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As Shakespeare characterizes Brutus, I would argue that Octavius in incorrect in his view of Brutus. While Brutus certainly believes in the power of words--so much so that he thinks he will be able to use oratory to convince Caesar's funeral crowd that he acted morally in assassinating Caesar--Brutus is also a man of action. After all, he physically participates in the assassination; he does not simply plan it. He goes to battle with Cassius against Antony and Octavius. And most significantly, he does not try to talk his way out of his fate at the play's end; rather, he commits suicide (again, he acts) because he believes that it is the noble action to take.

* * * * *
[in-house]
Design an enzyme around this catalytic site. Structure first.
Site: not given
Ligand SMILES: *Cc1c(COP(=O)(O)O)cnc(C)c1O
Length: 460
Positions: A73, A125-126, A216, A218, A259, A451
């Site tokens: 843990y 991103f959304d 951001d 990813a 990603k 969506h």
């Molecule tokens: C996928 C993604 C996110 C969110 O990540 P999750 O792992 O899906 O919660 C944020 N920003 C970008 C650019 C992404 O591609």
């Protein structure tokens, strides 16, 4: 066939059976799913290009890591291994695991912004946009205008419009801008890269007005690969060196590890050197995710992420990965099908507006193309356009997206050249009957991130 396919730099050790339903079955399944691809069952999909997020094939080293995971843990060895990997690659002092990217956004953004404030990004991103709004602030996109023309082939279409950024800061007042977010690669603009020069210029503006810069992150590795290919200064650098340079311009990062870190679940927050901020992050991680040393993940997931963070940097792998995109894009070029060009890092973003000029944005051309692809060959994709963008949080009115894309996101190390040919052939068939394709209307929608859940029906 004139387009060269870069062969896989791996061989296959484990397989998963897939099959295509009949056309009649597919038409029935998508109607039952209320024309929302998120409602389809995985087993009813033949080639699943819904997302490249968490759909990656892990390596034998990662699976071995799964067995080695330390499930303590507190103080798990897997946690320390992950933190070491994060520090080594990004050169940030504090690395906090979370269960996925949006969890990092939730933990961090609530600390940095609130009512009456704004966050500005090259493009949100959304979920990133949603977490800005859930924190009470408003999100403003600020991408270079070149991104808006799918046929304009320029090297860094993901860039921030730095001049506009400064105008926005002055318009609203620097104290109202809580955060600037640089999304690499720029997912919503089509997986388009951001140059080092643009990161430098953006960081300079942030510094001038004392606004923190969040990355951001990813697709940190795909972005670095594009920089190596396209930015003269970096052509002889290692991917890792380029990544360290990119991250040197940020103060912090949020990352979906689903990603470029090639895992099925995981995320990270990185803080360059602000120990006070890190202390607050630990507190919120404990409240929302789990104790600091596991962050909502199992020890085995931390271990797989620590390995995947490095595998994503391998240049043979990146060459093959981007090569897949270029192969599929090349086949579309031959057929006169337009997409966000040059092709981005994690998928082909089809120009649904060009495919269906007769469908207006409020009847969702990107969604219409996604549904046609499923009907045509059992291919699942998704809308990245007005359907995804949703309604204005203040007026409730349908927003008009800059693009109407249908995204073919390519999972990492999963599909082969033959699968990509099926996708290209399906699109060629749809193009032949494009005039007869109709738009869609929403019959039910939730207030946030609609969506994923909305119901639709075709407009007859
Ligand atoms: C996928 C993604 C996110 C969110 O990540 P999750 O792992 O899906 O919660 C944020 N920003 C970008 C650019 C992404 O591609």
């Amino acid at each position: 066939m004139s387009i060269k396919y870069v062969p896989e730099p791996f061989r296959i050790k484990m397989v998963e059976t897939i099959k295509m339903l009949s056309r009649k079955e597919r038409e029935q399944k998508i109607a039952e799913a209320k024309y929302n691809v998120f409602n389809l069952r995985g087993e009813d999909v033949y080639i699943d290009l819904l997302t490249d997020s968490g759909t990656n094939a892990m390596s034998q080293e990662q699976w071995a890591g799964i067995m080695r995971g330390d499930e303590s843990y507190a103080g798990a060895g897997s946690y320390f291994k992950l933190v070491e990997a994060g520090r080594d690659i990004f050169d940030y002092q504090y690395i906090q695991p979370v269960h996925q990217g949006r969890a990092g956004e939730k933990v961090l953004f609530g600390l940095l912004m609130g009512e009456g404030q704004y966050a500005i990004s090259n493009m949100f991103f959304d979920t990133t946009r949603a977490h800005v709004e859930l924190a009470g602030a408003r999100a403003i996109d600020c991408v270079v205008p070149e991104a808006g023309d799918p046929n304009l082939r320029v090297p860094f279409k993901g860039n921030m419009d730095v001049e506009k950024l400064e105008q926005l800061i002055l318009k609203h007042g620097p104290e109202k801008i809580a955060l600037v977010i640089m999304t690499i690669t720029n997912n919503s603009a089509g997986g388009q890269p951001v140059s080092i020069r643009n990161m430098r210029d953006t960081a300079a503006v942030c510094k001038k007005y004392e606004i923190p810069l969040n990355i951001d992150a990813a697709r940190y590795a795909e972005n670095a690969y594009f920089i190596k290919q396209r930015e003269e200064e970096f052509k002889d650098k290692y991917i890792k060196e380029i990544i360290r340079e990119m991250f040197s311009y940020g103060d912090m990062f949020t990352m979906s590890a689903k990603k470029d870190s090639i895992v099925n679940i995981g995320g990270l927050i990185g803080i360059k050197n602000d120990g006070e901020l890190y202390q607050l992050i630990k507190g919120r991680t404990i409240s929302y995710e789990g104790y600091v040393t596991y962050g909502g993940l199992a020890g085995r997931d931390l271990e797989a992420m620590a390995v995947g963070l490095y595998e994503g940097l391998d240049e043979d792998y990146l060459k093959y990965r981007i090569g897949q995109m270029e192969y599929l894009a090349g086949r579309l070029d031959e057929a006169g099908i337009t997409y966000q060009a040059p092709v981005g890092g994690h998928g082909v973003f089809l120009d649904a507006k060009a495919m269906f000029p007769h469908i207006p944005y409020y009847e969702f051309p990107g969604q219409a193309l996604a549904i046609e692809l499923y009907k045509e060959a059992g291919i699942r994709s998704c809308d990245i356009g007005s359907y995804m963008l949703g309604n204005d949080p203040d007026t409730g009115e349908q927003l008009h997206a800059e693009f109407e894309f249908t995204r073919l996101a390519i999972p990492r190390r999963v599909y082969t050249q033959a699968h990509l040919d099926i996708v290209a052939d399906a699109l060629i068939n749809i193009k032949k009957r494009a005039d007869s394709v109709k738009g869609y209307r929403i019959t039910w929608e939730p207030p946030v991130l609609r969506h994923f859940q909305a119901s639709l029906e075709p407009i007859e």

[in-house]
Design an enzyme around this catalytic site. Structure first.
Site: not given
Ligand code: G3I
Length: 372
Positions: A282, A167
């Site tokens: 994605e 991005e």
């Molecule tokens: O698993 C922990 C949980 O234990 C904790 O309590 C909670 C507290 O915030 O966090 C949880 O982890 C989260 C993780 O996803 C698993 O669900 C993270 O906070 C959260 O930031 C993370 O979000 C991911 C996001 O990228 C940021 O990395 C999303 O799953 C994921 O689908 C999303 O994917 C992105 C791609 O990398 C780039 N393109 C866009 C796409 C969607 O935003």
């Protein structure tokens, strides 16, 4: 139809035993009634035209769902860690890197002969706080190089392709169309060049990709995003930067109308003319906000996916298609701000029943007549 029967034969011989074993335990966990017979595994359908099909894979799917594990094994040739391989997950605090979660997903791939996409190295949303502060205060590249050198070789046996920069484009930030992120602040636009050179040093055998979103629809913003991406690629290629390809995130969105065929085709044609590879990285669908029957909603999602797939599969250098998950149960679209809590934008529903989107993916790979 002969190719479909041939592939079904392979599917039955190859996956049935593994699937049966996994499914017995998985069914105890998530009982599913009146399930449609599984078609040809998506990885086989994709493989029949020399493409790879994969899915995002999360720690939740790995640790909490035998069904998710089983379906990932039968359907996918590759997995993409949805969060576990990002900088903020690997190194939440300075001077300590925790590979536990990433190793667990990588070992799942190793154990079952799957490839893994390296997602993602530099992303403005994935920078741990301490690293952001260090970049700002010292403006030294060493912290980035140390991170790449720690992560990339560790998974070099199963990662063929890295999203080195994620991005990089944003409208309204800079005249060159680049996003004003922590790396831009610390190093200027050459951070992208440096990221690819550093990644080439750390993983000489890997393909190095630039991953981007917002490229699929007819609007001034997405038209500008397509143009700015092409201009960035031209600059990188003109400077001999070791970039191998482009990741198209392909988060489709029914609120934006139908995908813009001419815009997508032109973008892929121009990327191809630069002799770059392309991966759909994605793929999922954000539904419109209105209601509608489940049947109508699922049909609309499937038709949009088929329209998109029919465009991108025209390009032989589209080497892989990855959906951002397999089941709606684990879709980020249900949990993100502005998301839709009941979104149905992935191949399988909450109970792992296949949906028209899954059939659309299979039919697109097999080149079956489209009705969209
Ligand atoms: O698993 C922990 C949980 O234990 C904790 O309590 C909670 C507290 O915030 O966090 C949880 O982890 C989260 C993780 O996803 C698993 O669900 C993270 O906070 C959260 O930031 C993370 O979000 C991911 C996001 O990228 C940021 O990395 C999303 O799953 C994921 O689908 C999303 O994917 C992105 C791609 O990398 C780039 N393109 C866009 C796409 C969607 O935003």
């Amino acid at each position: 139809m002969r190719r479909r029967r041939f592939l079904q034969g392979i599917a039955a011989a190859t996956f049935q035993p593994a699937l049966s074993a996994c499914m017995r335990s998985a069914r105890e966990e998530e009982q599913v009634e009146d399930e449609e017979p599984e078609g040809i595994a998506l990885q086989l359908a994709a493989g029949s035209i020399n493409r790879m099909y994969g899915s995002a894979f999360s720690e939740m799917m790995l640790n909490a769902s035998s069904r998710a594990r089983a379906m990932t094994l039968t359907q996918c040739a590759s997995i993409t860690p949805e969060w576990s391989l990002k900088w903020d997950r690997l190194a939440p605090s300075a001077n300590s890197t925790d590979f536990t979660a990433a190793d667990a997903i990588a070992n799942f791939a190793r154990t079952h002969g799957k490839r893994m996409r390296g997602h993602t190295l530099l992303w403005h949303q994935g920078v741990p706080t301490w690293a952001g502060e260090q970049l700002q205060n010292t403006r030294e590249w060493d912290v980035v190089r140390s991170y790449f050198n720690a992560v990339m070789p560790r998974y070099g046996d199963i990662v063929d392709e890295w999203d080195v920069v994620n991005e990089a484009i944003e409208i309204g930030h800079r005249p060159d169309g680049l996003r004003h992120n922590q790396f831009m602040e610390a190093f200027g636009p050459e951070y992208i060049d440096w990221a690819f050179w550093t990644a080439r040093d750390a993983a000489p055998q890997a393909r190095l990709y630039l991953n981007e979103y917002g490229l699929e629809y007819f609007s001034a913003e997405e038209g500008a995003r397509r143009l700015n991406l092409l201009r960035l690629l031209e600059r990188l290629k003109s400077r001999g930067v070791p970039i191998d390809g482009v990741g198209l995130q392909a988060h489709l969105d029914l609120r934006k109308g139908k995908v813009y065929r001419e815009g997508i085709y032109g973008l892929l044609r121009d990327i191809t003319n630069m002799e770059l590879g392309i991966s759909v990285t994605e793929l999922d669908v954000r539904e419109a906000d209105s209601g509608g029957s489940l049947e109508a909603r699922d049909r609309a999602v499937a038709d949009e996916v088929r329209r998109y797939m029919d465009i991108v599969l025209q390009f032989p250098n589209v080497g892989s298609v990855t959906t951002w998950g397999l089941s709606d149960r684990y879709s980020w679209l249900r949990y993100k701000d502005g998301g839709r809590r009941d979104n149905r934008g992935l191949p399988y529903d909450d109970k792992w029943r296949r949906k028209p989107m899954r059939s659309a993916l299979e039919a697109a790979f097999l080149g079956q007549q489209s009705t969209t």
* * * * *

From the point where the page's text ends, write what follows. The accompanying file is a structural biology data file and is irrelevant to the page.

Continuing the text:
Octavius's statement reveals more about himself than it does about Brutus. While Antony fights tirelessly against Brutus and Cassius, Octavius spends much of his time plotting and talking rather than actually participating (at least for Shakespeare's characterization of him in Julius Caesar).
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